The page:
Canopy factors influencing sunburn and fruit quality of Japanese plum (Prunus salicina Lindl.)
High irradiance and high temperatures decrease Japanese plum (Prunus salicina Lindl.) quality by causing sunburn. We manipulated orchard conditions to determine how resultant light and temperature affected fruit quality and sunburn. In the 2013/14 season, early summer pruning, late pruning and a no pruning control were applied in an African Delight plum orchard trained to a staggered V trellising system in the Western Cape Province of South Africa. In 2014/15, 20% shade net was incorporated during the hottest part of the season in a split plot design. Shade net and a no shade net control formed the main plots while pruning treatments were subplots. Photosynthetic photon flux (PPF), fruit surface temperature (FST) and sunburn were progressively assessed on two hourly intervals on typically hot days for upper, mid and lower canopy positions. PPF and FST generally decreased from top to bottom of the canopy. Upper canopy positions had bigger and softer fruit with higher sunburn incidence and higher total soluble solids (TSS). Fruit that developed sunburn received >50% PPF of full sun on average while average FST exceeded 35°C. Early summer pruning improved early light penetration but enabled vegetative regrowth for filtered light during the hottest part of the season resulting in bigger and redder fruit with higher TSS and low sunburn. Delayed pruning increased sunburn with no increase in fruit size, while the control delayed fruit maturity and reduced fruit size. The shade net reduced sunburn caused by delayed summer pruning. While it was apparent that proper timing of orchard light manipulation is essential, the use of shade net still has to be evaluated over the entire growing season to ascertain its full value.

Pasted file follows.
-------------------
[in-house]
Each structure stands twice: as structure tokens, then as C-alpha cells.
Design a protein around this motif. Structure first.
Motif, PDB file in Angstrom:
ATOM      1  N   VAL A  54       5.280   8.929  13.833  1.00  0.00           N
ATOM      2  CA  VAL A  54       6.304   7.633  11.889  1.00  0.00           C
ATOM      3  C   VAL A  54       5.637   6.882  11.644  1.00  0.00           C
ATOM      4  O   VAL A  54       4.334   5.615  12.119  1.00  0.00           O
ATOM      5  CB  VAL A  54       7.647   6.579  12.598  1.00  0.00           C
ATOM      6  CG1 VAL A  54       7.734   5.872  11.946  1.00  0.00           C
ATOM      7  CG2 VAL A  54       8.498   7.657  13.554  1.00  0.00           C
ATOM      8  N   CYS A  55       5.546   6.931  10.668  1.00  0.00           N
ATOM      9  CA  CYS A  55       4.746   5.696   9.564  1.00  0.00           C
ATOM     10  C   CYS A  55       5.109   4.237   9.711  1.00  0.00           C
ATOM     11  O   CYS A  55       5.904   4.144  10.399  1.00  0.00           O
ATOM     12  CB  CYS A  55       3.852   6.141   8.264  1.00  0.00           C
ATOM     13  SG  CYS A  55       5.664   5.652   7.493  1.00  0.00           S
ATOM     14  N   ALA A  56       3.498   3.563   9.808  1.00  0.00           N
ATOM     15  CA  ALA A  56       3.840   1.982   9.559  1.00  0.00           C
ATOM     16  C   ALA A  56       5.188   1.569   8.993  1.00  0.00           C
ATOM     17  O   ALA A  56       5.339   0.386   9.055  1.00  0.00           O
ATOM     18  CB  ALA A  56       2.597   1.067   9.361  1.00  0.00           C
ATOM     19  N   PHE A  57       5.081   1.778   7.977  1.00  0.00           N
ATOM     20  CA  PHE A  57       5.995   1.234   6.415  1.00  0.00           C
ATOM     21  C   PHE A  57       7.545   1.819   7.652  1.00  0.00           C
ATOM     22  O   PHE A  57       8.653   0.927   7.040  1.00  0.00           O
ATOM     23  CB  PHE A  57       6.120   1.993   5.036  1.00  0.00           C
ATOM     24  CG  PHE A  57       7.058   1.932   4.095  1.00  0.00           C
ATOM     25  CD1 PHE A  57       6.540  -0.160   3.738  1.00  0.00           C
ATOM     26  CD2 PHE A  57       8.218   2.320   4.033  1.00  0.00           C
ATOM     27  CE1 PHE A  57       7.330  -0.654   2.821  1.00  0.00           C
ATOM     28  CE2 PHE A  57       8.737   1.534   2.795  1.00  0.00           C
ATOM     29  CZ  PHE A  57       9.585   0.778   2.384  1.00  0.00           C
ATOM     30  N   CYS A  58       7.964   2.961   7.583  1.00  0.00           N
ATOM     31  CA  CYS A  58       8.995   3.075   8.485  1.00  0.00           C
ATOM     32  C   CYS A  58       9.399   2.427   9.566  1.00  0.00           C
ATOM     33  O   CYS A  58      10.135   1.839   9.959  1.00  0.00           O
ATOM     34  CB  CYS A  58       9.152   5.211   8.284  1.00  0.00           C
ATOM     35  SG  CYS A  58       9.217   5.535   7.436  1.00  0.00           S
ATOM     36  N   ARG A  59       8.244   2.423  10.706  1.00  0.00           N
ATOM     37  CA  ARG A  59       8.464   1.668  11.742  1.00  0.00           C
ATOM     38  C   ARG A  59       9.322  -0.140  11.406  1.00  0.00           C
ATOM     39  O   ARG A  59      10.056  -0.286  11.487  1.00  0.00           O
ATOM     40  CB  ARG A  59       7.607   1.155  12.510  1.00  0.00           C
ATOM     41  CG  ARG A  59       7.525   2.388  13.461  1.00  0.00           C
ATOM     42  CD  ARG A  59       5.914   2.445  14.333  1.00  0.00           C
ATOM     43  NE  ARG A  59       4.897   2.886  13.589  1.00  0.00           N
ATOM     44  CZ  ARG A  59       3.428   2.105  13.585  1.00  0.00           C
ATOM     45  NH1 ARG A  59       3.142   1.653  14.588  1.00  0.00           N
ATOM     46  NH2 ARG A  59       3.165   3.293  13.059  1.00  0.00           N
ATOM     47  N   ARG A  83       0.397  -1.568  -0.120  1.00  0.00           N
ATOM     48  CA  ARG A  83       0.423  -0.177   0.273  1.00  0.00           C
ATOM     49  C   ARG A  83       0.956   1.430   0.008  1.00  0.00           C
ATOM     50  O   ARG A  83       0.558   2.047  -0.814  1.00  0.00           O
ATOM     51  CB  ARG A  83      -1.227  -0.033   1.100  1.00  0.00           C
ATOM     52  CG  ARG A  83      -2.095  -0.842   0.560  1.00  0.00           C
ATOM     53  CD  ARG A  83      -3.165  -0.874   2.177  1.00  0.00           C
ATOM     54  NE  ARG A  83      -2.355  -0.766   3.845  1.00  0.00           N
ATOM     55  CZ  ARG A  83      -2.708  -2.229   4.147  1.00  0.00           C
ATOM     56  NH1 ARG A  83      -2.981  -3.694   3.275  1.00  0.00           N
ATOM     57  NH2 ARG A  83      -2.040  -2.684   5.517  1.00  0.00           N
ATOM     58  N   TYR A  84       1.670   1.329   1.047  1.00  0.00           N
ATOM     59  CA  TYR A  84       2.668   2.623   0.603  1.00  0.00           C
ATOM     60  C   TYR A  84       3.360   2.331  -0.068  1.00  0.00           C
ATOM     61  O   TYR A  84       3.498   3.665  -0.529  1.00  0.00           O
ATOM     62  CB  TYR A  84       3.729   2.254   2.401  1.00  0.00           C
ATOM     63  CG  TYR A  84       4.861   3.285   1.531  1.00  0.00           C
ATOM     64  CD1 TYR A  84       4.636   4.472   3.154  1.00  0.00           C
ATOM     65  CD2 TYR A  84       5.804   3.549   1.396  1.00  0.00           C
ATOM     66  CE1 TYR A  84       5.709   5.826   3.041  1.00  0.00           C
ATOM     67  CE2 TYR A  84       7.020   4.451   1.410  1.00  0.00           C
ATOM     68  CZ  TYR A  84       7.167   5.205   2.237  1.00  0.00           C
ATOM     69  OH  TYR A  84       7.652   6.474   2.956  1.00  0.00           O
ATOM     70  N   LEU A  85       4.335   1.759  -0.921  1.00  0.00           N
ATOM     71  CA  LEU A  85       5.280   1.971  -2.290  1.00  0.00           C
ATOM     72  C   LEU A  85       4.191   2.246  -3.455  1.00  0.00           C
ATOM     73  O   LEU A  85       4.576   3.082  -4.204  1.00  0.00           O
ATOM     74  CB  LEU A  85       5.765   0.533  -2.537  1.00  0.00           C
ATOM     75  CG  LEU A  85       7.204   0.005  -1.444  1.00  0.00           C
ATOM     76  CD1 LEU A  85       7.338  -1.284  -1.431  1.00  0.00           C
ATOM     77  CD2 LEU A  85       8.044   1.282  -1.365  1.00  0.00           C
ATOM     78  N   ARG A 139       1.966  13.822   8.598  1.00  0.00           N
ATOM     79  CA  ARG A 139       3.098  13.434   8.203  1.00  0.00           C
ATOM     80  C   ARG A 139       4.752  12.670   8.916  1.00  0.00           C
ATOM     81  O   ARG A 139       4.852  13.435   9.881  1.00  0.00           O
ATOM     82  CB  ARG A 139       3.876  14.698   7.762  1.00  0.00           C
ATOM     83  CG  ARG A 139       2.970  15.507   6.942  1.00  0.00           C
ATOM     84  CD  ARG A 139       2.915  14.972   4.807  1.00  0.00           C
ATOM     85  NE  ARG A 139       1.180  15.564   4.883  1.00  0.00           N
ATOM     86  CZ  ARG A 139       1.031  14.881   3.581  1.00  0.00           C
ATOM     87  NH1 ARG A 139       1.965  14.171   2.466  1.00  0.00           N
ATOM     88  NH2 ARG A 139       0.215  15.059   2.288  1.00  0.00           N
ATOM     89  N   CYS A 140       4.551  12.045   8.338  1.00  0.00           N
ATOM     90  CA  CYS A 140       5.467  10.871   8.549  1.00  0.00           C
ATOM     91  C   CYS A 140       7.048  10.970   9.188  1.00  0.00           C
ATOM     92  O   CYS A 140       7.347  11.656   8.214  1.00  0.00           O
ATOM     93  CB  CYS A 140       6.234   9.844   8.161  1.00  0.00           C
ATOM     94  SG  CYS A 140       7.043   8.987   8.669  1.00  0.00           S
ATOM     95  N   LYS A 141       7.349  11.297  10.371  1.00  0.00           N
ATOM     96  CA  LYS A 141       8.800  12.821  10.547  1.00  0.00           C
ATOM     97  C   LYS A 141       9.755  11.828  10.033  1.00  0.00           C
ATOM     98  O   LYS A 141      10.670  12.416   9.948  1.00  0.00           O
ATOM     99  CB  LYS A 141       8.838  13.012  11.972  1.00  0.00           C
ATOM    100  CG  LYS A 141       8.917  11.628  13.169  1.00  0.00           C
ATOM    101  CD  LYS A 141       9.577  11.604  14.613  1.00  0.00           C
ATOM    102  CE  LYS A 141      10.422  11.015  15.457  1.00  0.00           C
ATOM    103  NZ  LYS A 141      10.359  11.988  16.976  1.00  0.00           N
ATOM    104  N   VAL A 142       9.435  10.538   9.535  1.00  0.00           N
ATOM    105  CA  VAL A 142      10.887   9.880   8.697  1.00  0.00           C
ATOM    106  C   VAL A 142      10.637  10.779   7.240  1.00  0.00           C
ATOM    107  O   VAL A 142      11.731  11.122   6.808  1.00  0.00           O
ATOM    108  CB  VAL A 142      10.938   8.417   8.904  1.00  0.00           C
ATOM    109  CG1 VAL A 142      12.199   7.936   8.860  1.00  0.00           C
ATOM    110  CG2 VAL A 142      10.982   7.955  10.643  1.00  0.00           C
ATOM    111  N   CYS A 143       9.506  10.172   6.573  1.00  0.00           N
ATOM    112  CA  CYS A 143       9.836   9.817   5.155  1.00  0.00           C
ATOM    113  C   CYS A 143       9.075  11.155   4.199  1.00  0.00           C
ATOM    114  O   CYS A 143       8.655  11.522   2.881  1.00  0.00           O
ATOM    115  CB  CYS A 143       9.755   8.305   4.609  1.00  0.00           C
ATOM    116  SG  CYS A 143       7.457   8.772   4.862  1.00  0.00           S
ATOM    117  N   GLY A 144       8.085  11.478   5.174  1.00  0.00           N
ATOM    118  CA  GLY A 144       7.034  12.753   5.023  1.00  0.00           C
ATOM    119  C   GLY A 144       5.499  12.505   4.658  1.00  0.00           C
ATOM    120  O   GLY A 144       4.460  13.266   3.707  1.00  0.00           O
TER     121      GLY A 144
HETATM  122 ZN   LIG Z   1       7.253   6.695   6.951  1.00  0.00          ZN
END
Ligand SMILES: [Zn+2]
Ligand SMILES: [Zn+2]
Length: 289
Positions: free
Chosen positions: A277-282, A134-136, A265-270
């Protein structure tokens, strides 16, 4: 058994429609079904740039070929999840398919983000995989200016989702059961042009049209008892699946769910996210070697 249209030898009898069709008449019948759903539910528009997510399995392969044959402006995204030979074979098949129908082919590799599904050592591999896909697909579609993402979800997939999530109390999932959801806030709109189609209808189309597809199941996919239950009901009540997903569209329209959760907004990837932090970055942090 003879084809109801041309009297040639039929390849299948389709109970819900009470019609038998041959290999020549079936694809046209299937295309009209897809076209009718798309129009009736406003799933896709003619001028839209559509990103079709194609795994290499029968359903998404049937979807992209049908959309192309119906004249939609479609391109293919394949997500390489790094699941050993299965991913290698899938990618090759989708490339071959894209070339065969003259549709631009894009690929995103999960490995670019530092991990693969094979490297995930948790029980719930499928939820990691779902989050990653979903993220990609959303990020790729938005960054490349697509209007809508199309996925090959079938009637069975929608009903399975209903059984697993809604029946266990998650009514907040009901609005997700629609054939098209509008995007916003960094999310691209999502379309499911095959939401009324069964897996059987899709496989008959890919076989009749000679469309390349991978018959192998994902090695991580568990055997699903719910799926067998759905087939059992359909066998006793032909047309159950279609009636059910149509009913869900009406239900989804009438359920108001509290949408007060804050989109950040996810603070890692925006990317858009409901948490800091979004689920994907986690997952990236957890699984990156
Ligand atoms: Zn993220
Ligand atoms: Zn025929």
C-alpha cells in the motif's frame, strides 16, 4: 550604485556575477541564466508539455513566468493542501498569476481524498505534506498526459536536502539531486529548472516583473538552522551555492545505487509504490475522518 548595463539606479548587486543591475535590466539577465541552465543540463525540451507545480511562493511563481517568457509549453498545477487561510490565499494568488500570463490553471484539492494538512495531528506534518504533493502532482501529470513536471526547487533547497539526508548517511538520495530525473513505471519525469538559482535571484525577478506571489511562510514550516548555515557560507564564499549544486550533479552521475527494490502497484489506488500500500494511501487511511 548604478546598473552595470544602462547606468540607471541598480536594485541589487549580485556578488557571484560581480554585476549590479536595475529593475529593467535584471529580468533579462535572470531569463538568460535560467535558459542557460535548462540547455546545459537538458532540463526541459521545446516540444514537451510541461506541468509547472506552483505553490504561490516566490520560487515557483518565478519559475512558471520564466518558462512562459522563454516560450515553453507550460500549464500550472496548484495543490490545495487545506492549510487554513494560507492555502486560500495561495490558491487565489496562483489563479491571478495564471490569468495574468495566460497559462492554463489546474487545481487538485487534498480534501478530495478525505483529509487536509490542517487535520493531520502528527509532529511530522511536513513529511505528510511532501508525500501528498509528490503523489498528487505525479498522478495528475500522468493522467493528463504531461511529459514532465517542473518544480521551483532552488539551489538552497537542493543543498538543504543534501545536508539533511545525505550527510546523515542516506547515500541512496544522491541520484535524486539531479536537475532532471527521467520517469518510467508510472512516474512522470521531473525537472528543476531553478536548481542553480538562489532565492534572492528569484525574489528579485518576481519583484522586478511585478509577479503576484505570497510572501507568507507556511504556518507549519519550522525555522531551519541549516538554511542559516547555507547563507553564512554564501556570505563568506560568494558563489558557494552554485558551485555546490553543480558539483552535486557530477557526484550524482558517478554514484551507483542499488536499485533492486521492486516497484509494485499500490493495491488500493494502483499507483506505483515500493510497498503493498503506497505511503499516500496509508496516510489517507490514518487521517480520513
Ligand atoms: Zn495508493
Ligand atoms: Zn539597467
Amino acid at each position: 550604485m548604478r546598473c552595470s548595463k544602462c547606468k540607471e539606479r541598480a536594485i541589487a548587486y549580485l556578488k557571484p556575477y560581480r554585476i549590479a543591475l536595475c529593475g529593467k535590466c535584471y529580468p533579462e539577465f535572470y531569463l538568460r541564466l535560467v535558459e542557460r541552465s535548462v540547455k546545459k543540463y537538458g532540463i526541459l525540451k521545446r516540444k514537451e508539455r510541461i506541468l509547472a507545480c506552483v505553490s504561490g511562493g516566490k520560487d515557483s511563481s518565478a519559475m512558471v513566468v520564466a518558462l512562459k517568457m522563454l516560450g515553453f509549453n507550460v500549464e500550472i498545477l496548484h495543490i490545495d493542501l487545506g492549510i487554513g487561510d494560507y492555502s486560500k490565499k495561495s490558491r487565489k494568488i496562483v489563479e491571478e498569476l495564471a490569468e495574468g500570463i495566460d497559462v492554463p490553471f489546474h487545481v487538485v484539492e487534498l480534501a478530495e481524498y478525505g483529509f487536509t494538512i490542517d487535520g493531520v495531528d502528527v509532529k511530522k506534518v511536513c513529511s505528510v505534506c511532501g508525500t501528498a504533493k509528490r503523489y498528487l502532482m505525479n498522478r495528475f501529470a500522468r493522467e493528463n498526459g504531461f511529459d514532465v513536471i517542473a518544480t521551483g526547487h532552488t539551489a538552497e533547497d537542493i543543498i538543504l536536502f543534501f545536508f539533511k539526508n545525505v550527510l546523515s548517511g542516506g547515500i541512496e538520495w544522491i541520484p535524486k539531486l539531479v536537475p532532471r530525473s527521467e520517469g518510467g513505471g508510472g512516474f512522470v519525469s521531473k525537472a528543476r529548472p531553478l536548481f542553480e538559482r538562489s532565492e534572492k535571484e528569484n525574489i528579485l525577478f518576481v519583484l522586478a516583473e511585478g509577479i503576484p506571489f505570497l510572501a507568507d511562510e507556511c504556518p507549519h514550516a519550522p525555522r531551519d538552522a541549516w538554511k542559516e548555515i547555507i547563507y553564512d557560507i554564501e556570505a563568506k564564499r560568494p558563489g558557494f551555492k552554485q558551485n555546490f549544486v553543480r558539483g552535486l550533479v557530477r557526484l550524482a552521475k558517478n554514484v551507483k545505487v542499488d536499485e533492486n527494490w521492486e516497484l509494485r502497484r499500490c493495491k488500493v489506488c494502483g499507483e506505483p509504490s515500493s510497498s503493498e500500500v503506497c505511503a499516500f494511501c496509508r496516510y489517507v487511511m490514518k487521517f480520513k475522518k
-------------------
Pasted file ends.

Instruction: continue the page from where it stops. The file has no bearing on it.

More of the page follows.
Makeredza, B., Jooste, M., Lötze, E., Schmeisser, M. and Steyn, W.J. (2018). Canopy factors influencing sunburn and fruit quality of Japanese plum (Prunus salicina Lindl.). Acta Hortic. 1228, 121-128
fruit surface temperature, irradiance, photosynthetic photon flux, shade net, summer pruning